A basic process for the elaboration and management of the information processed by the brain.
Mental training: discovering the importance of sport
It is very normal to be able to see today, in the media, how athletes dedicate a large part of their time to their practices before competing in their disciplines. Sports practice is one of the best tools that athletes have to acquire and improve their skills and techniques on the field of play.
But there is an area of these practices that does not usually receive much attention by the media, and that is nevertheless widely used in various sports disciplines. I refer to the great influence that psychologists have in improving the performance of athletes. Psychological science has been expanding exponentially into fields that years ago were totally alien to its influence. This is because the research and interventions that have been developed increasingly cover a greater range of behaviors and mental processes, including those performed in sports.
In this way, relatively recently a new area was born within sport and psychology, in which both come together to enrich each other for the understanding of behavior and the improvement of the performance and quality of life of athletes: Sports Psychology.
This new batch of psychologists appears to gain an understanding of the behaviors and mental processes that occur in sport and physical practice, as well as to develop techniques and interventions that help increase the dexterity and abilities of athletes. Among these techniques developed by sports psychologists is, for example, mental training through the regulation of the imagination.
Mind Training through Imagination
The Mental Training through Imagination is based on the principle that imagination is a basic process for the development and management of information processed by the brain. Imagination is directly influenced by both sensations and emotions and is used to order, explore, and examine thought. It facilitates, to the extent that it adapts to reality, an understanding of the demands of each situation. It serves, among other things, to recognize a situation quickly without great difficulty and without great energy deployment forming “stories about reality that are coherent. As British neurologist Oliver Sacks says in his TED lecture on hallucinations:
“We see with the eyes but we also see with the brain, and seeing with the brain is often called imagination …”.
The regulation of the imagination, both in Mental Training through Imagination and in any other field, assumes an important role for the development of all motor processes. You learn, through imagination, about objects, people, environmental conditions and experiences. Each experience is made up of certain relationships that shape our behavior in the face of their existence.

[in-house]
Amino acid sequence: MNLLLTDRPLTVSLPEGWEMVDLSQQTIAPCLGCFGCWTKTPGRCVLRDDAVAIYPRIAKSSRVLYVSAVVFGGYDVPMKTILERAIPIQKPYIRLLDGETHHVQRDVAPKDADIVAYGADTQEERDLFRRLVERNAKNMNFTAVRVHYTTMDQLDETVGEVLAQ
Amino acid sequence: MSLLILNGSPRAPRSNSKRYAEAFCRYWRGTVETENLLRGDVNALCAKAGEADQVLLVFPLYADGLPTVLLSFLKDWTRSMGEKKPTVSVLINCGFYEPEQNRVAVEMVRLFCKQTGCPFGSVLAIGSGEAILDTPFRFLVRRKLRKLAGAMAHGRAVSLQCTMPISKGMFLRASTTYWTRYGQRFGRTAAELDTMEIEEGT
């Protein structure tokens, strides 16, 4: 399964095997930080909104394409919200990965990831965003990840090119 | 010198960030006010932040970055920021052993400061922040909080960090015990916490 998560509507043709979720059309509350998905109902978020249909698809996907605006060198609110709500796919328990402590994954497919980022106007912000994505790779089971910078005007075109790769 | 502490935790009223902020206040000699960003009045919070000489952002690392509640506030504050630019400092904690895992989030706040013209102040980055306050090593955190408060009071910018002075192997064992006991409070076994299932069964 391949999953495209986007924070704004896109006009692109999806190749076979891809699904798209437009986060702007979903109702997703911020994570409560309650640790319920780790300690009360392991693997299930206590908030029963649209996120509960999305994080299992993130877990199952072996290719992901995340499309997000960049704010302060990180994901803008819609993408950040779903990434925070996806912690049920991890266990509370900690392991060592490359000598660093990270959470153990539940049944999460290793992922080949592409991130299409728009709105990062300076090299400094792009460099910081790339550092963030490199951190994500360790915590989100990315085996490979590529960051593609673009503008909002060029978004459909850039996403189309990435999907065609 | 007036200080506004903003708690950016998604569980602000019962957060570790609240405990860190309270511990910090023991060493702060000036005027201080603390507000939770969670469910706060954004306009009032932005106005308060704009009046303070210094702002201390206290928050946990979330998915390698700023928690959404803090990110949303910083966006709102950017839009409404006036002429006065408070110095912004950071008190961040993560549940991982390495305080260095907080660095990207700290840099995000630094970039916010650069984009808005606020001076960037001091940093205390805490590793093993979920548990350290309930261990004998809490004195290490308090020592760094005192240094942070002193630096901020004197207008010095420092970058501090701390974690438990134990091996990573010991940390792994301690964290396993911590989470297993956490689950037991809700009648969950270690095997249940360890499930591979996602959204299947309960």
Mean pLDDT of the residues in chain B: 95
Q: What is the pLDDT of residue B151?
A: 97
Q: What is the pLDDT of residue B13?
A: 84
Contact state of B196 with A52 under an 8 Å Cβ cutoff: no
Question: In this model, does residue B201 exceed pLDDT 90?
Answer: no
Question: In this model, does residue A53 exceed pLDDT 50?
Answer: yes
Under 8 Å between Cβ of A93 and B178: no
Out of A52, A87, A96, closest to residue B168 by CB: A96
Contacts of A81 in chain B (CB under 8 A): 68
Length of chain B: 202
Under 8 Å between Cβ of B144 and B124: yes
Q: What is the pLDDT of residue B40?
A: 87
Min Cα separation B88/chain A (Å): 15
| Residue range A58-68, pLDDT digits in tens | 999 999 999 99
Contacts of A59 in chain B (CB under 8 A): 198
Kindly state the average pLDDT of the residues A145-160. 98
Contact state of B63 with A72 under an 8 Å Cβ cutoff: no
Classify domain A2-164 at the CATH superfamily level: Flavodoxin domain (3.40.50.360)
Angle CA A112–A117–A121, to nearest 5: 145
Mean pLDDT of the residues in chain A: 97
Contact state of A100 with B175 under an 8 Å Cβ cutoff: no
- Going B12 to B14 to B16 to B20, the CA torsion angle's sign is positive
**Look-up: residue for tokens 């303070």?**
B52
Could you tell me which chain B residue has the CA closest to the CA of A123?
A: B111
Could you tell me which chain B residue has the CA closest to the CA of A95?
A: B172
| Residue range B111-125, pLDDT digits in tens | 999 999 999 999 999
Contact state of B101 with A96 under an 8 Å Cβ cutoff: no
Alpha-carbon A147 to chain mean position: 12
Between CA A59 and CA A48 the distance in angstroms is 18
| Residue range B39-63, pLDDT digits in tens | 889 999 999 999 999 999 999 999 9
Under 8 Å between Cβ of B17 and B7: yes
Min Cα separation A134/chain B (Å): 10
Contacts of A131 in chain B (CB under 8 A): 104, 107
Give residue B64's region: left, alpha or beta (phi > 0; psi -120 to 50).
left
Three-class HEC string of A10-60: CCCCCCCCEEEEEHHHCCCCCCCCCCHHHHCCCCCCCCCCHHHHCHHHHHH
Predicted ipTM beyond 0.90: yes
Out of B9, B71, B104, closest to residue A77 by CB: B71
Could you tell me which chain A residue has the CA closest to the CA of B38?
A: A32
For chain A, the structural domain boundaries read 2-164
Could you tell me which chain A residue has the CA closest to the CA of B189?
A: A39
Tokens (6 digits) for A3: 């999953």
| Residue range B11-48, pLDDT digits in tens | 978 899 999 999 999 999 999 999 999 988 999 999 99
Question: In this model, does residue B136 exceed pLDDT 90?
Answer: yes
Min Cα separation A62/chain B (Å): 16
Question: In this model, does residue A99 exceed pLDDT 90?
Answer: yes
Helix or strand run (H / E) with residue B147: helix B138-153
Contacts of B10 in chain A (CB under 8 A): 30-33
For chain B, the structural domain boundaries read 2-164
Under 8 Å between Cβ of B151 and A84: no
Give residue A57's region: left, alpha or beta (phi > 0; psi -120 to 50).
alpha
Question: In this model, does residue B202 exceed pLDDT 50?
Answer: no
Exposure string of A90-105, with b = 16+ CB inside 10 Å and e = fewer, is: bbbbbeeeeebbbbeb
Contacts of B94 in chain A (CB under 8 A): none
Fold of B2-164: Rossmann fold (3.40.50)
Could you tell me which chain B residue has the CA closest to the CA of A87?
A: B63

Ultimately, the imagination influences, consciously or unconsciously, our action (based on this principle, for example, therapies for exposure to phobias through computer simulations). This is because every time we have an experience, it is reflected in our brain, forming patterns of neuron activation that correspond specifically to that experience. Every time we carry out the action of imagining, we are reactivating those neuron patterns and as these circuits are activated in a recurring way, they are strengthened in such a way that they manage to shape learning, automating movements, reactions and skills.
Applications of Imagination Mind Training
Imagination can play an important role in cognitive development. This has been highlighted by a number of social scientists; the most notable of the 20th century is the work of Jean Piaget. Popular beliefs allow us to believe that children spend a greater amount of time imagining than adults, demonstrating their importance in development. However, we are not aware of any studies that have attempted to ‘quantify’ the amount of time spent in imagination among age groups.
Acquisition and improvement of skills
Data in the literature indicate that the performance and practice of imagining a specific motor skill can improve the performance of that skill in ‘real life’. This has been proposed in athletes (as we will describe in this article), surgeons, and musicians.
The performance test within the stages of mind is perhaps one of the most important human qualities. Imagination provides a unique and safe platform for testing behavior prior to its actual development, without the risk of negative consequences for those who imagine. Multiple alternative solutions to problems, considering the many potential outcomes, can be safely tried and practiced within the field of the mind. It is widely used in the field of psychotherapy due to the positive effects on the acquisition of new behaviors.
Imagination provides a stage to safely carry out behavioral sequences that can help improve anxiety. For example, revenge for a wrongdoing is possible and easy within the realm of the imagination, with no apparent consequences. Many psychotherapeutic modalities use the process of imagination to treat anxiety, phobias, and other disorders.